Time to Grieve; Placing a CuddleCot in Brooklyn’s Methodist Hospital
Last week, Breastfeeding World shared the Story of Wendy Cruz-Chan. Wendy is a mother whose son, Killian, was stillborn, and decided to pump and donate over 2,000 oz of breast milk to six different babies, in honor of her son. Her strength and perseverance didn’t end there. She also wanted certainty that other families who have gone through such a horrific experience are able to receive the gift of time, to say goodbye to their babies, gone too soon.
Her next goal is to raise enough money to get a CuddleCot in NY Methodist Hospital, and hopefully other hospitals, to honor the memory of her son, Killian.
The Inspiration for CuddleCot
Simon Rothwell, the Managing Director for Flexmort and Creator of the CuddleCot, said they are a UK based company. They manufacture a range of innovative mortuary cooling systems. For 2016, they won the Queens award for Innovation. Inspired and innovative is a wonderful way to describe this product designed by this former police officer.
15 years ago I used to be a Police Officer and had to take a family that had lost a baby down to the hospital mortuary in order for them to see the baby. This was a terrible way for them to grieve, and it stayed with me. Therefore, as a company we decided to look into the still birth area and saw that experts (Doctors, Psychologists and Baby Loss organisations) stated that families should be given the option of staying with their baby as long as they wished. This would help the bereavement process. However, in reality, the problem was the babies could deteriorate in warm hospital rooms. So many families aren’t getting the time they wanted. So we worked with hospitals and bereavement charities in the UK and designed the CuddleCot.
Virtually every hospital in the UK uses CuddleCots. There are hundreds in use around the world.
After birth, my son Killian stillborn at 4:40am. The nurse informed me that I only have a maximum of 2 hours with him. After that, the staff would remove him. This is because his body would begin to “change” quickly at room temperature. Thus, spending less time with my baby. I did not have enough time to dress him, take professional pictures of him and have my family members to visit in the middle of the night. Two hours to spend together, to bond and grieve, is not enough time. Consequently, my husband and I suffered a very difficult and traumatic experience.
Then, I learned about the CuddleCot, a cooling system device which is placed in any basinet. It’s purpose is to keep the body cool while staying in the same room with the mother, for as long as she’s stays in the hospital. I became determined to have one placed in the hospital where I had my stillbirth, and hopefully other hospitals as well. I want to give future stillbirth families the gift of time with their baby. Time I’ve never had with Killian. With this, I hope that it would give them some proper closure in their hearts while they grieve.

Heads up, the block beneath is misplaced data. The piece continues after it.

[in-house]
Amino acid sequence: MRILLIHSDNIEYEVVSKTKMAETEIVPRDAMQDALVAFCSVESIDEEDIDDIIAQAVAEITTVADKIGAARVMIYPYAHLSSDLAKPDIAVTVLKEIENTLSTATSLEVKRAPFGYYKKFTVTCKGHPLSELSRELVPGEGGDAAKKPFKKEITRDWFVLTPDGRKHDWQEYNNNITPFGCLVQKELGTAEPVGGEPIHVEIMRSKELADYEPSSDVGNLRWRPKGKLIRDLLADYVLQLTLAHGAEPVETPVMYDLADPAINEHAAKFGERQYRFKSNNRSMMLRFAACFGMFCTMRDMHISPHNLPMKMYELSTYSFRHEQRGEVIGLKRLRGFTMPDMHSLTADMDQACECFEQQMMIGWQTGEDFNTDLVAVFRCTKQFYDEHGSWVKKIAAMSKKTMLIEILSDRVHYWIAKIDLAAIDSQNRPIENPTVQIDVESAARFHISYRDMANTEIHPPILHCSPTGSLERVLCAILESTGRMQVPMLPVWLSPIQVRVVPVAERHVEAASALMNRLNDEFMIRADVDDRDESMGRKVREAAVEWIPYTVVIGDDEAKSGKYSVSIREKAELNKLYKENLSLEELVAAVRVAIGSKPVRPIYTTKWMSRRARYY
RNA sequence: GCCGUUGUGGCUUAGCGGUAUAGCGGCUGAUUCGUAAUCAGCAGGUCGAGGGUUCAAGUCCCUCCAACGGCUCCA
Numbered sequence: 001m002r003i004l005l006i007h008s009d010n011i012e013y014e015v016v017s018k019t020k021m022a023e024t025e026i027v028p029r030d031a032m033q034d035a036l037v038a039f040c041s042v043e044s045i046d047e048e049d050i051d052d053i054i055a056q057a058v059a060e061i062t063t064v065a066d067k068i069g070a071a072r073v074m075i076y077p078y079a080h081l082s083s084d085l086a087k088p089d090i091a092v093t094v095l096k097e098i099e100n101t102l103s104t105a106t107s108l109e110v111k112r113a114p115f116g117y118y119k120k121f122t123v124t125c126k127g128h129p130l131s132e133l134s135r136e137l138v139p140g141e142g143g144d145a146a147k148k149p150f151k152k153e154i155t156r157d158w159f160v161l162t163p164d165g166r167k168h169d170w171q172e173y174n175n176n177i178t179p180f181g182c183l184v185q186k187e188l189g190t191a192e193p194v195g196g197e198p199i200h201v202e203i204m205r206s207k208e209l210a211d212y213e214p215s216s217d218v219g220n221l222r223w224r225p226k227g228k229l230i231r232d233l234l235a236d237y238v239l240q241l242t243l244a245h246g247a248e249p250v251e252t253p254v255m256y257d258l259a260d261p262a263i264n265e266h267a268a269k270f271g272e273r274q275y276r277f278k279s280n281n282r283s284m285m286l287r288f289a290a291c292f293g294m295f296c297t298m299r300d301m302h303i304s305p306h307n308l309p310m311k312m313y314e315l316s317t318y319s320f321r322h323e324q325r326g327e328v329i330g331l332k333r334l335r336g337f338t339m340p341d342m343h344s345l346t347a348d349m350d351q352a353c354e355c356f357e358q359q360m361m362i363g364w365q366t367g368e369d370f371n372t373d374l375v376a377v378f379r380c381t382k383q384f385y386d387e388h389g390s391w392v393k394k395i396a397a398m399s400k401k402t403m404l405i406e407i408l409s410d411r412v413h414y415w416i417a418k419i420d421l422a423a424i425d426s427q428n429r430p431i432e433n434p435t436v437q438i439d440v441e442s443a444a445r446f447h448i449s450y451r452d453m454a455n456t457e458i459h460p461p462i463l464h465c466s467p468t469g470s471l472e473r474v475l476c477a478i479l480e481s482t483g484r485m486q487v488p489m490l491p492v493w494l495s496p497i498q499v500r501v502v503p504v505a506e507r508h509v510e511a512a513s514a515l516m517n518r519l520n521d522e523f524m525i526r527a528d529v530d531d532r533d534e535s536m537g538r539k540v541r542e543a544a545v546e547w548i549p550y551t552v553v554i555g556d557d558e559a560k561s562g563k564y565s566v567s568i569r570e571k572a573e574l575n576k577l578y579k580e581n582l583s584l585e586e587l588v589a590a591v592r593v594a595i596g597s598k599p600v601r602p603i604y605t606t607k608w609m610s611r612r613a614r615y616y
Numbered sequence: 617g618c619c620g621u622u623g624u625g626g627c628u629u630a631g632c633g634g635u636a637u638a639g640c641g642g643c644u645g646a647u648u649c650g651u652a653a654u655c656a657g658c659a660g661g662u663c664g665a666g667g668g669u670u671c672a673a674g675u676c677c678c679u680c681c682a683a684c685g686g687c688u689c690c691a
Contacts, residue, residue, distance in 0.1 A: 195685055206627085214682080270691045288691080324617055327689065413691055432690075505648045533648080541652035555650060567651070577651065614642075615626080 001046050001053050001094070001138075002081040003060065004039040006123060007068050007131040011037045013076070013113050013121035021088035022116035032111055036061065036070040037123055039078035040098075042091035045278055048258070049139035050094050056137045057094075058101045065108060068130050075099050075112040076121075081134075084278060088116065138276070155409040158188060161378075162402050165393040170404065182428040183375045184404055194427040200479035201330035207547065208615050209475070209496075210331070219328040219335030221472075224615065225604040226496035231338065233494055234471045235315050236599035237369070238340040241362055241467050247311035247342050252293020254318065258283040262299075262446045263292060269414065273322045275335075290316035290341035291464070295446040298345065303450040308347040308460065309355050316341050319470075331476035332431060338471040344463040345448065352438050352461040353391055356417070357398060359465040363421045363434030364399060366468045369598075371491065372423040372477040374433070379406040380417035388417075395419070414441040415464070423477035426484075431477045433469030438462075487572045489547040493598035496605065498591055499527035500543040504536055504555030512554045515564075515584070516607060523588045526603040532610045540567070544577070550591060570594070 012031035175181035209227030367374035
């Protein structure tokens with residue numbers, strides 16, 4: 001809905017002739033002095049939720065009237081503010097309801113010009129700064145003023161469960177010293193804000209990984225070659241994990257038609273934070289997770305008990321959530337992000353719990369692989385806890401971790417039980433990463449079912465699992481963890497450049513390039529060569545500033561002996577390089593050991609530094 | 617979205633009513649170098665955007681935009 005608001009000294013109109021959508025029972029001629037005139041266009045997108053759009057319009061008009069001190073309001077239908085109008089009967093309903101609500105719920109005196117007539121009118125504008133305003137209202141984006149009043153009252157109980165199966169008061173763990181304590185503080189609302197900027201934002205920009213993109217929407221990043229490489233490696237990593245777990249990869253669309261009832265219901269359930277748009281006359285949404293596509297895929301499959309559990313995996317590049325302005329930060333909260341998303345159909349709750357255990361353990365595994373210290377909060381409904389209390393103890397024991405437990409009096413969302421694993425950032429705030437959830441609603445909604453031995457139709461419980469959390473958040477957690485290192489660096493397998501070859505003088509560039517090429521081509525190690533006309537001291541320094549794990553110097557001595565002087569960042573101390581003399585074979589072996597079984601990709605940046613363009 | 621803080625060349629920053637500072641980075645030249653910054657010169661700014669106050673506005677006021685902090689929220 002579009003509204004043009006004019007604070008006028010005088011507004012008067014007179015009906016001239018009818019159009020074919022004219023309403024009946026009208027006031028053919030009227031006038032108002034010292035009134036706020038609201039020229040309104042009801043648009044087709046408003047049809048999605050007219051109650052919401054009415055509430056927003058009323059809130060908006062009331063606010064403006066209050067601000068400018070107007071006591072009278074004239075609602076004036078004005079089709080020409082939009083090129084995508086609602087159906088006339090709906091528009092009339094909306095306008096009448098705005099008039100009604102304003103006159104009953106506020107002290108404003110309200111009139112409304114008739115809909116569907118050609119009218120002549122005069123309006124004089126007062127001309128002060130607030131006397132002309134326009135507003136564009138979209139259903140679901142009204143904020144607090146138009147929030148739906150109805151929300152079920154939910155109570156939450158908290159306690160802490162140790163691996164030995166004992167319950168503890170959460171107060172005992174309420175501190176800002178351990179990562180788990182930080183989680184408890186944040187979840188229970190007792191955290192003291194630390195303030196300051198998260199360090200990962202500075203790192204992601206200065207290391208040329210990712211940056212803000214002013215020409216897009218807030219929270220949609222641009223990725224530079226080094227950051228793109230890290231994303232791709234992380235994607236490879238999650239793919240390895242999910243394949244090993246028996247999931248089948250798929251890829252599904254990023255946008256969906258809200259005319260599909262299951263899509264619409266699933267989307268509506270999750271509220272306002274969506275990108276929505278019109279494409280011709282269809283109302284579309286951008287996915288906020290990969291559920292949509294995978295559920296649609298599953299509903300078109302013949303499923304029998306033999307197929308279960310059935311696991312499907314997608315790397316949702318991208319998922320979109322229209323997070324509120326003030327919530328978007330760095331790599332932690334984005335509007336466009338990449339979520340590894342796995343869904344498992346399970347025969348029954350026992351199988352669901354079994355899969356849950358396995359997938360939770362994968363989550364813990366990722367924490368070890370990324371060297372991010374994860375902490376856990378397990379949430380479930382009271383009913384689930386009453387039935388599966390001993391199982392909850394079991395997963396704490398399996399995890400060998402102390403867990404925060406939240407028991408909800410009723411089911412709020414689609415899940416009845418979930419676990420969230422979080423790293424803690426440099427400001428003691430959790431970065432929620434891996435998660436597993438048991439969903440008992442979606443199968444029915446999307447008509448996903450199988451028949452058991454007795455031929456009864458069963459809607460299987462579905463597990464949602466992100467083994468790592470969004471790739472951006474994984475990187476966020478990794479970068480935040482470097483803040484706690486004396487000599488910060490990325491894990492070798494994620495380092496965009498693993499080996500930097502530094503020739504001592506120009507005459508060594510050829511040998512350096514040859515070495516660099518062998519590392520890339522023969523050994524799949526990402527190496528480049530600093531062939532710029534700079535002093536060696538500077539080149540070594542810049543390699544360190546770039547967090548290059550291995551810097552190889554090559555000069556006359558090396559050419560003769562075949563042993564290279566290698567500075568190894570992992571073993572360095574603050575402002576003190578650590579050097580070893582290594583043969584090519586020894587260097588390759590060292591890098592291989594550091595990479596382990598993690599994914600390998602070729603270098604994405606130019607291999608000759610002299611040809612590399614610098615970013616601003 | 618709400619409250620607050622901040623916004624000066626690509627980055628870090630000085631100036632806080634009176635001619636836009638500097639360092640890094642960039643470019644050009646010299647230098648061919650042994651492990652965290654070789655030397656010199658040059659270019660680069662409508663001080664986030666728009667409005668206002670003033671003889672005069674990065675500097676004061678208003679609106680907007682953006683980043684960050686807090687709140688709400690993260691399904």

The Cuddle Cot and Saying Good-Bye
The gift of time given to grieving families through the CuddleCot is invaluable. The ability to treasure the first and last moments with their child, to take pictures, study their features, say goodbye, is absolutely priceless to a grieving family. It is also critical in the healing process.
Deborah L. Davis, PHD, and developmental psychologist writes in Psychology Today about the CuddleCot. She states how important it is for a family to have time to grieve and bond with their child.
Parents can benefit from spending a prolonged period of time with their baby (link is external) after death. After childbirth, parents are psychologically and biologically primed to bond with and nurture their newborn. Even after a death, parents wanting to be with their baby is a natural expression of their postpartum drives and parental devotion. As a result, spending time with the baby’s body can offer a number of therapeutic benefits over the course of several days or longer.
Help Place a CuddleCot in NY’s Methodist Hospital
Join us in helping break the silence attached to still birth. Please, join us in helping Wendy to raise enough money in order to donate a CuddleCot to NY’s Methodist hospital. Donate to her YouCaring Link here. Please, share her story, share her strength, and give other grieving families the gift of time that she was unable to have.
Breastfeeding World is a small, self funded project. However, we believe strongly in Wendy’s message and we support her cause. Because of this, we have decided to make a small donation of 100$ to her youcaring account. Please join us in helping her to reach her goal.
Be sure to join us in our social media accounts to be up to date with the progress of our project!
And… Don’t forget to share your brelfies using our HT #BreastfeedingWorld
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